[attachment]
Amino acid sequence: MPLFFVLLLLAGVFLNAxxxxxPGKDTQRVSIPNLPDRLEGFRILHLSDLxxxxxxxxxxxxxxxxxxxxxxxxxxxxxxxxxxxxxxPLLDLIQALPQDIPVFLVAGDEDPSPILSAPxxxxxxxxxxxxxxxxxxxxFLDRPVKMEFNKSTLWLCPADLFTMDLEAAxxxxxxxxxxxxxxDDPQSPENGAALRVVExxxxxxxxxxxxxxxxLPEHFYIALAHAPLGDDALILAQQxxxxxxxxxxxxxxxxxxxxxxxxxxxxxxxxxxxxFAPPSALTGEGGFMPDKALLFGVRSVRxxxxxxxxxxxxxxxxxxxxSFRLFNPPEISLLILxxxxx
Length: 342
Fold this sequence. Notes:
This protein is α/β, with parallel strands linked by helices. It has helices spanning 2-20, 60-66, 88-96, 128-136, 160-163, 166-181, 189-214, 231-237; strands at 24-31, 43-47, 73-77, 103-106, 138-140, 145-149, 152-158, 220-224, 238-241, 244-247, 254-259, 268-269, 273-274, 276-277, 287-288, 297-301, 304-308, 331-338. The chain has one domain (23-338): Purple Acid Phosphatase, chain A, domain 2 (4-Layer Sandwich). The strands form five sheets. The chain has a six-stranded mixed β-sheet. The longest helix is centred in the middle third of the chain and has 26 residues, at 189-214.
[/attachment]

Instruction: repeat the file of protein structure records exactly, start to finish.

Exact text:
Amino acid sequence: MPLFFVLLLLAGVFLNAxxxxxPGKDTQRVSIPNLPDRLEGFRILHLSDLxxxxxxxxxxxxxxxxxxxxxxxxxxxxxxxxxxxxxxPLLDLIQALPQDIPVFLVAGDEDPSPILSAPxxxxxxxxxxxxxxxxxxxxFLDRPVKMEFNKSTLWLCPADLFTMDLEAAxxxxxxxxxxxxxxDDPQSPENGAALRVVExxxxxxxxxxxxxxxxLPEHFYIALAHAPLGDDALILAQQxxxxxxxxxxxxxxxxxxxxxxxxxxxxxxxxxxxxFAPPSALTGEGGFMPDKALLFGVRSVRxxxxxxxxxxxxxxxxxxxxSFRLFNPPEISLLILxxxxx
Length: 342
Fold this sequence. Notes:
This protein is α/β, with parallel strands linked by helices. It has helices spanning 2-20, 60-66, 88-96, 128-136, 160-163, 166-181, 189-214, 231-237; strands at 24-31, 43-47, 73-77, 103-106, 138-140, 145-149, 152-158, 220-224, 238-241, 244-247, 254-259, 268-269, 273-274, 276-277, 287-288, 297-301, 304-308, 331-338. The chain has one domain (23-338): Purple Acid Phosphatase, chain A, domain 2 (4-Layer Sandwich). The strands form five sheets. The chain has a six-stranded mixed β-sheet. The longest helix is centred in the middle third of the chain and has 26 residues, at 189-214.